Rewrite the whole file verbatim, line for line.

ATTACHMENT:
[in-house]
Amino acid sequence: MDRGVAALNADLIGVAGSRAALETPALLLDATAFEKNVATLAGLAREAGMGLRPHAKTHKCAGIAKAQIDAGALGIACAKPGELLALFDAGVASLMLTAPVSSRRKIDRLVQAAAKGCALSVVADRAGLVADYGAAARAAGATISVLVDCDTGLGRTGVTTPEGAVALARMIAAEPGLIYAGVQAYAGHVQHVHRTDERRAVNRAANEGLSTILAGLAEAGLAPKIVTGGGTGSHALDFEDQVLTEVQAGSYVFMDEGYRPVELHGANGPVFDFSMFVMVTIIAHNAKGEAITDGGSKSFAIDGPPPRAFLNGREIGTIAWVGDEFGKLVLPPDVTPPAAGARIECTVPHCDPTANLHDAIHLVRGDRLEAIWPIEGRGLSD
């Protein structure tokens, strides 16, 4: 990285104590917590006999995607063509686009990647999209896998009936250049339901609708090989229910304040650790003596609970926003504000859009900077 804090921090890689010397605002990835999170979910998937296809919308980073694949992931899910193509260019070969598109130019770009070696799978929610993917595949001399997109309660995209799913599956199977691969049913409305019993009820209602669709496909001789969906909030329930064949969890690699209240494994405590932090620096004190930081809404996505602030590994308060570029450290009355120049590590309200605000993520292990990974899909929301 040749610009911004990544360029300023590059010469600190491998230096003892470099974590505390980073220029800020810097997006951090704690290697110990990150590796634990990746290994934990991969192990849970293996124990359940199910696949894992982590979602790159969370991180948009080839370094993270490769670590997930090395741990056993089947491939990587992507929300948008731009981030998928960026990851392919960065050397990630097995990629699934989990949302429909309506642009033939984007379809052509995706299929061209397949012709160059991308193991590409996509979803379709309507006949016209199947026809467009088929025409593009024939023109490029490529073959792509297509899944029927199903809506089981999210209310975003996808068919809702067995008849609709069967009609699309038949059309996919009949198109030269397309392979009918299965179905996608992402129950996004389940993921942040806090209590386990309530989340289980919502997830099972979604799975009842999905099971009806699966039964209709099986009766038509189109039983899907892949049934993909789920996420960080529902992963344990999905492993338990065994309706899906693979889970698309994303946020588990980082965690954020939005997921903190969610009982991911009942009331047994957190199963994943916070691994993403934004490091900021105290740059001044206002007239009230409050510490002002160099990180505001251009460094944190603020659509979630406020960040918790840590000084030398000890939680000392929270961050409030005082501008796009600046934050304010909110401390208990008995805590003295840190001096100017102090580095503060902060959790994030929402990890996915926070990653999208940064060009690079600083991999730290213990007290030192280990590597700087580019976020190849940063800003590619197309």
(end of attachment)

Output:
[in-house]
Amino acid sequence: MDRGVAALNADLIGVAGSRAALETPALLLDATAFEKNVATLAGLAREAGMGLRPHAKTHKCAGIAKAQIDAGALGIACAKPGELLALFDAGVASLMLTAPVSSRRKIDRLVQAAAKGCALSVVADRAGLVADYGAAARAAGATISVLVDCDTGLGRTGVTTPEGAVALARMIAAEPGLIYAGVQAYAGHVQHVHRTDERRAVNRAANEGLSTILAGLAEAGLAPKIVTGGGTGSHALDFEDQVLTEVQAGSYVFMDEGYRPVELHGANGPVFDFSMFVMVTIIAHNAKGEAITDGGSKSFAIDGPPPRAFLNGREIGTIAWVGDEFGKLVLPPDVTPPAAGARIECTVPHCDPTANLHDAIHLVRGDRLEAIWPIEGRGLSD
């Protein structure tokens, strides 16, 4: 990285104590917590006999995607063509686009990647999209896998009936250049339901609708090989229910304040650790003596609970926003504000859009900077 804090921090890689010397605002990835999170979910998937296809919308980073694949992931899910193509260019070969598109130019770009070696799978929610993917595949001399997109309660995209799913599956199977691969049913409305019993009820209602669709496909001789969906909030329930064949969890690699209240494994405590932090620096004190930081809404996505602030590994308060570029450290009355120049590590309200605000993520292990990974899909929301 040749610009911004990544360029300023590059010469600190491998230096003892470099974590505390980073220029800020810097997006951090704690290697110990990150590796634990990746290994934990991969192990849970293996124990359940199910696949894992982590979602790159969370991180948009080839370094993270490769670590997930090395741990056993089947491939990587992507929300948008731009981030998928960026990851392919960065050397990630097995990629699934989990949302429909309506642009033939984007379809052509995706299929061209397949012709160059991308193991590409996509979803379709309507006949016209199947026809467009088929025409593009024939023109490029490529073959792509297509899944029927199903809506089981999210209310975003996808068919809702067995008849609709069967009609699309038949059309996919009949198109030269397309392979009918299965179905996608992402129950996004389940993921942040806090209590386990309530989340289980919502997830099972979604799975009842999905099971009806699966039964209709099986009766038509189109039983899907892949049934993909789920996420960080529902992963344990999905492993338990065994309706899906693979889970698309994303946020588990980082965690954020939005997921903190969610009982991911009942009331047994957190199963994943916070691994993403934004490091900021105290740059001044206002007239009230409050510490002002160099990180505001251009460094944190603020659509979630406020960040918790840590000084030398000890939680000392929270961050409030005082501008796009600046934050304010909110401390208990008995805590003295840190001096100017102090580095503060902060959790994030929402990890996915926070990653999208940064060009690079600083991999730290213990007290030192280990590597700087580019976020190849940063800003590619197309």